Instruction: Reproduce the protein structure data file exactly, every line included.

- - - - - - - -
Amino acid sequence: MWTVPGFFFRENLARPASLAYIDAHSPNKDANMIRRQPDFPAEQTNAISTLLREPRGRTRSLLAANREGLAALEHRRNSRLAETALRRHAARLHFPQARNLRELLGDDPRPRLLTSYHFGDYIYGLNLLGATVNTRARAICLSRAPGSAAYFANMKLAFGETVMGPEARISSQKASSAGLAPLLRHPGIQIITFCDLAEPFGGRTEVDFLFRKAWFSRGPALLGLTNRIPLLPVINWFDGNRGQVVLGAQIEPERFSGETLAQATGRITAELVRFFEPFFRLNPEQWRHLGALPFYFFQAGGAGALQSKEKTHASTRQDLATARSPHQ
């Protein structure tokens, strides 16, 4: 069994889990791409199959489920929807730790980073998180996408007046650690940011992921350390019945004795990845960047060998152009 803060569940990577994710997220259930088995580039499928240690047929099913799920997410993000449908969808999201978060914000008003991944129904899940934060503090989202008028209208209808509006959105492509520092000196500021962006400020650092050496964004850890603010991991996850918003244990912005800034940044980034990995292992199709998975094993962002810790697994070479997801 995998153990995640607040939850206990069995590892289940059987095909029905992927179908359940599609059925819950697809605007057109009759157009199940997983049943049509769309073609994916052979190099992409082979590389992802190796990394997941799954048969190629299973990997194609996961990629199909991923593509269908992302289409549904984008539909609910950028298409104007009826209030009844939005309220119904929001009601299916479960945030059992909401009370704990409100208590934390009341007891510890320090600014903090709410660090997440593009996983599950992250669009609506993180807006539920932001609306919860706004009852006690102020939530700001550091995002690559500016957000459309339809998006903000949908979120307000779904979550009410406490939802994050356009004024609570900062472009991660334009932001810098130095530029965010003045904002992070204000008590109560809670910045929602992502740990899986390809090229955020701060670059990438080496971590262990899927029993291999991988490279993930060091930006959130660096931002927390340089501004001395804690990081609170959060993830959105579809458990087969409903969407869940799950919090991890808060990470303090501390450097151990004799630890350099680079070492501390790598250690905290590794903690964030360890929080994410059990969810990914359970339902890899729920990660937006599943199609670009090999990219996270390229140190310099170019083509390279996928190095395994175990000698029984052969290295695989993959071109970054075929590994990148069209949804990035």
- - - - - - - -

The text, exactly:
Amino acid sequence: MWTVPGFFFRENLARPASLAYIDAHSPNKDANMIRRQPDFPAEQTNAISTLLREPRGRTRSLLAANREGLAALEHRRNSRLAETALRRHAARLHFPQARNLRELLGDDPRPRLLTSYHFGDYIYGLNLLGATVNTRARAICLSRAPGSAAYFANMKLAFGETVMGPEARISSQKASSAGLAPLLRHPGIQIITFCDLAEPFGGRTEVDFLFRKAWFSRGPALLGLTNRIPLLPVINWFDGNRGQVVLGAQIEPERFSGETLAQATGRITAELVRFFEPFFRLNPEQWRHLGALPFYFFQAGGAGALQSKEKTHASTRQDLATARSPHQ
């Protein structure tokens, strides 16, 4: 069994889990791409199959489920929807730790980073998180996408007046650690940011992921350390019945004795990845960047060998152009 803060569940990577994710997220259930088995580039499928240690047929099913799920997410993000449908969808999201978060914000008003991944129904899940934060503090989202008028209208209808509006959105492509520092000196500021962006400020650092050496964004850890603010991991996850918003244990912005800034940044980034990995292992199709998975094993962002810790697994070479997801 995998153990995640607040939850206990069995590892289940059987095909029905992927179908359940599609059925819950697809605007057109009759157009199940997983049943049509769309073609994916052979190099992409082979590389992802190796990394997941799954048969190629299973990997194609996961990629199909991923593509269908992302289409549904984008539909609910950028298409104007009826209030009844939005309220119904929001009601299916479960945030059992909401009370704990409100208590934390009341007891510890320090600014903090709410660090997440593009996983599950992250669009609506993180807006539920932001609306919860706004009852006690102020939530700001550091995002690559500016957000459309339809998006903000949908979120307000779904979550009410406490939802994050356009004024609570900062472009991660334009932001810098130095530029965010003045904002992070204000008590109560809670910045929602992502740990899986390809090229955020701060670059990438080496971590262990899927029993291999991988490279993930060091930006959130660096931002927390340089501004001395804690990081609170959060993830959105579809458990087969409903969407869940799950919090991890808060990470303090501390450097151990004799630890350099680079070492501390790598250690905290590794903690964030360890929080994410059990969810990914359970339902890899729920990660937006599943199609670009090999990219996270390229140190310099170019083509390279996928190095395994175990000698029984052969290295695989993959071109970054075929590994990148069209949804990035």